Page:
IN my view, if our fundamental political and economic structures do not change significantly from the past, it simply means that we can neither expect nor create new outcomes. The transformation of any society requires three things: First, the profound realisation that it must change, second is finding those practices that will cause the change and third is adopting those practices.

I think this is now the case in Zimbabwe. In order to achieve our economic objectives as a country, especially with regard to incomes and quality of life, we must create an inclusive industrialised and democratic developmental State in Zimbabwe. Radical economic structural transformation (Rest) is an idea which seeks to fundamentally transform the Zimbabwean economy from an economic architecture which was perceived, designed and created by the colonialist and subsequently never transformed to meet the growing needs of the majority of ordinary Zimbabwean citizens at large.

The key objectives of Rest are:

˜ To utilise our mineral resource base to create own capital which can in turn be deployed for rapid industrialisation and modernisation;

˜ To fundamentally transform the structure of our economy and gross domestic product so that at least 50% of it emanates from manufacturing and services thus creating high wage skilled jobs and better quality lives;

˜ To significantly reduce primary product exports to a set minimum of export earnings;

˜ To significantly reduce finished product imports and only import raw materials or inputs for local manufacture and value addition;

˜ To generate adequate revenues for social welfare obligations, free education and free health services for the poor;

˜ To upgrade economic and social infrastructures and create universal affordable access to the internet and ICT;

˜ To embrace and adopt the 4th industrial revolution;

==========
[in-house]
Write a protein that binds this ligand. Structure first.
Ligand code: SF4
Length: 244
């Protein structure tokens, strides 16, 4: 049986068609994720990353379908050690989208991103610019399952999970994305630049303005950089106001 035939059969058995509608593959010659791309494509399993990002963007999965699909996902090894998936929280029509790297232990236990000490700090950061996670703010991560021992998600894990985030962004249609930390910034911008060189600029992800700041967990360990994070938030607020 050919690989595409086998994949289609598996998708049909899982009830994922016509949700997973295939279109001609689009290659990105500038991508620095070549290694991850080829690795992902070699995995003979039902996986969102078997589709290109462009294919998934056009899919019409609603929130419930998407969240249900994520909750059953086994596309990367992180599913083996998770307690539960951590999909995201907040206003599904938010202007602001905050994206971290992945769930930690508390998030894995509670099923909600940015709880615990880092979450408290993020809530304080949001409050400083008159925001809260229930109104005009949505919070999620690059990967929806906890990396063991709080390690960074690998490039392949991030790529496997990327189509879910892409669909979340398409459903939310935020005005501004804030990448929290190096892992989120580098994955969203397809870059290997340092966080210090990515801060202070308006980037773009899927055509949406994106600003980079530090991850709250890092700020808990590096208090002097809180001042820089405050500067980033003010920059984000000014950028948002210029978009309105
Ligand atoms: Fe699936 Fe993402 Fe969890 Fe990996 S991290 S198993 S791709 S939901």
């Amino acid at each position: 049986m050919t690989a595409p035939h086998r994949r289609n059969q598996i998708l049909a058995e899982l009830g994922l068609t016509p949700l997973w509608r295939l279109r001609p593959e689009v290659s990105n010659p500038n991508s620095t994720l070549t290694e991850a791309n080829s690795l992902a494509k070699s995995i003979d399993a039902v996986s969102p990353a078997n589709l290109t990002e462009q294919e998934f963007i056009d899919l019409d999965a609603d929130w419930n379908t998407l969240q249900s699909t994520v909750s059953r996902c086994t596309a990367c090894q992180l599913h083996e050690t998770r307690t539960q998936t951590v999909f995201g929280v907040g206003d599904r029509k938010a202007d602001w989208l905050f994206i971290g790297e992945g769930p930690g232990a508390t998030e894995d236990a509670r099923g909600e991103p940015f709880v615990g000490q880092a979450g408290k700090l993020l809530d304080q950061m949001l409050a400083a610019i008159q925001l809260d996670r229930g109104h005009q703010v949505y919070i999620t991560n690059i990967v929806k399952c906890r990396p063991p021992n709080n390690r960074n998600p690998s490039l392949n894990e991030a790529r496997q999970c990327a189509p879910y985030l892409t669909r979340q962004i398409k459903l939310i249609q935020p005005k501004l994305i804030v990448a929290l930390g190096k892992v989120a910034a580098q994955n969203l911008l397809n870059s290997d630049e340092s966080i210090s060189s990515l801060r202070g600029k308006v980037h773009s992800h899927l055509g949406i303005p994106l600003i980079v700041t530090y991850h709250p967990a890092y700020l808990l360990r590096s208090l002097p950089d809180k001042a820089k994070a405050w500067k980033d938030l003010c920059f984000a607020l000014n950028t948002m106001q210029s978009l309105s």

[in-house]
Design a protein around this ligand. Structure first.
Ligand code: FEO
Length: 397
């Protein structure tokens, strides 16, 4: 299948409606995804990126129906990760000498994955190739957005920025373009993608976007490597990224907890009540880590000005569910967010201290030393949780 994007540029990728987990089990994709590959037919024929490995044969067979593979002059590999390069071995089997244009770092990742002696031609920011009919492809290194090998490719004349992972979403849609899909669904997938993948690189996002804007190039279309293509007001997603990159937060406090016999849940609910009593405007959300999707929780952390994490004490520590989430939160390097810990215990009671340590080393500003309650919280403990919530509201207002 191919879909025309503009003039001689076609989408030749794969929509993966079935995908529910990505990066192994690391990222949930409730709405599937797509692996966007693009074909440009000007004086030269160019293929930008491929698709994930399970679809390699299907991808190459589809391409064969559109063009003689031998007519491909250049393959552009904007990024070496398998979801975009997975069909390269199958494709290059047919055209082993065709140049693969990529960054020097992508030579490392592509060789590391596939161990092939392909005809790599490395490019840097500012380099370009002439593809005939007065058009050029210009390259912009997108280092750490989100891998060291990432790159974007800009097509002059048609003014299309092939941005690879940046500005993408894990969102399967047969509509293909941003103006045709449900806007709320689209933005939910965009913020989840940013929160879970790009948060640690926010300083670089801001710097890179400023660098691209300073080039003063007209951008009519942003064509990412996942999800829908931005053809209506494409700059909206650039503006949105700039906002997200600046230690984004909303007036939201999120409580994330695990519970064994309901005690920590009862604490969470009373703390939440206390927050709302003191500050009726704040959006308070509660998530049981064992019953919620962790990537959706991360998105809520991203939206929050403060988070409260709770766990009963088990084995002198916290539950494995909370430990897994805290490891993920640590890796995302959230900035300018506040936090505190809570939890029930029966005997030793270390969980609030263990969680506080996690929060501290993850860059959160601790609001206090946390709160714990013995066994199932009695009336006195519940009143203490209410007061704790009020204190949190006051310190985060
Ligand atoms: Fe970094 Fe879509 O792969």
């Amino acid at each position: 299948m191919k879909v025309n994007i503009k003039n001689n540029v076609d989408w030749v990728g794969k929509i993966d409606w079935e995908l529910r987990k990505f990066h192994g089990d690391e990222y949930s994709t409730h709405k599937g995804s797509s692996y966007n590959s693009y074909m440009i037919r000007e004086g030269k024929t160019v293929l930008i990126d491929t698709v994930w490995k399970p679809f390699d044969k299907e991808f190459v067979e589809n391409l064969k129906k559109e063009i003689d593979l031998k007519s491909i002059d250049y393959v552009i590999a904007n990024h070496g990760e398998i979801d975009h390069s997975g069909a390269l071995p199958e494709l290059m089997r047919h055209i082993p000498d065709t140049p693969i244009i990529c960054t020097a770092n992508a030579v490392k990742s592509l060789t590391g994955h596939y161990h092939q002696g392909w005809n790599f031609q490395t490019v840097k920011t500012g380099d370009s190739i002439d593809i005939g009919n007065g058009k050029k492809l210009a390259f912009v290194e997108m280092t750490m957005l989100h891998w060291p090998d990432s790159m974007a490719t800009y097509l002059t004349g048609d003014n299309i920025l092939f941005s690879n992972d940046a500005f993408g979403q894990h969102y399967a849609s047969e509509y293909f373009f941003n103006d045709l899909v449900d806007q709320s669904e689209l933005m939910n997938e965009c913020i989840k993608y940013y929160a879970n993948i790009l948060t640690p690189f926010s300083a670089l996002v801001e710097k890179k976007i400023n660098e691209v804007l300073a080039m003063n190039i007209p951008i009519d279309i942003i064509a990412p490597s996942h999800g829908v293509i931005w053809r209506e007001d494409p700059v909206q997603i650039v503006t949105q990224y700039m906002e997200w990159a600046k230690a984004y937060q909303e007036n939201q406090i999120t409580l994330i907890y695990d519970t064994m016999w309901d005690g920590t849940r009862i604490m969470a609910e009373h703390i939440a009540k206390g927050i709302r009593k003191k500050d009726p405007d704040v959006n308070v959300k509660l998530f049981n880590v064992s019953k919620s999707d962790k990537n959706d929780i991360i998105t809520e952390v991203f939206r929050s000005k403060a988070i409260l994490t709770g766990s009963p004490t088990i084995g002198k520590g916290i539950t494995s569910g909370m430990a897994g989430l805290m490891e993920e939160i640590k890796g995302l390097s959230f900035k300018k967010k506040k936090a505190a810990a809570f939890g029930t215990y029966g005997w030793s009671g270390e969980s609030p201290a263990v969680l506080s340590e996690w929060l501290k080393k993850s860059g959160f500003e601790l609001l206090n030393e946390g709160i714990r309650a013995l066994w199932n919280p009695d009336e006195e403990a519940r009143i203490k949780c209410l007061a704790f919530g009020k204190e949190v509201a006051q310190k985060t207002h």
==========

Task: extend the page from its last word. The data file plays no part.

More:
˜ To ensure the majority of our energy sources are renewable;

˜ To achieve complete and total devolution of economic power to provincial economies; and

˜ To focus on human capital development and preservation of the well- being of citizens as the only competitive advantage we can deliberately create.

In my opinion, adopting the principles of a “Developmental State” would go a long way in ensuring sustainable economic transformation.

“The Developmental State” is a term coined by Chalmers Johnson to describe States which follow a particular model of economic planning and management. It was initially used to describe post-1945 Japan and its rapid modernisation and growth. A simple definition would be: “A Developmental State is a State where the government is intimately involved in the macro and micro economic planning in order to grow the economy,” with the addition “while attempting to deploy its resources in developing better lives for the people”.

What are the characteristics of a Developmental State?

The United Nations lists the characteristics of Developmental States as:

˜ A government with the political will and legitimate mandate to perform the required functions;

˜ A competent and neutral bureaucracy that ensures implementation. This requires a strong education system and efficient set of public sector organisations with little corruption;

˜ An institutionalised process where the bureaucracy and government engages with other stakeholders; and

˜ An established development framework and a comprehensive governance system to ensure the programme is implemented e.g. a central function responsible for overall co-ordination.

China, Singapore, India, Thailand, Taiwan, Vietnam, Malaysia, South Korea, Philippines, and Indonesia are all categorised as developmental States.

Accordingly it is agreed that the developmental State not only refers to the collective economic and human development, but also describes the State’s essential role in harnessing national resources and directing incentives through a distinctive policy-making process. The State’s role as a partner with the private sector in the national industrial transformation. The State is a catalytic agency and managers respond to the incentives and disincentives the State establishes.

In my opinion, high on the agenda must be a stable and peaceful socio-political environment. Investors are certainly not attracted to a country where there is continuous political bickering and uncertainty.

Source Newsday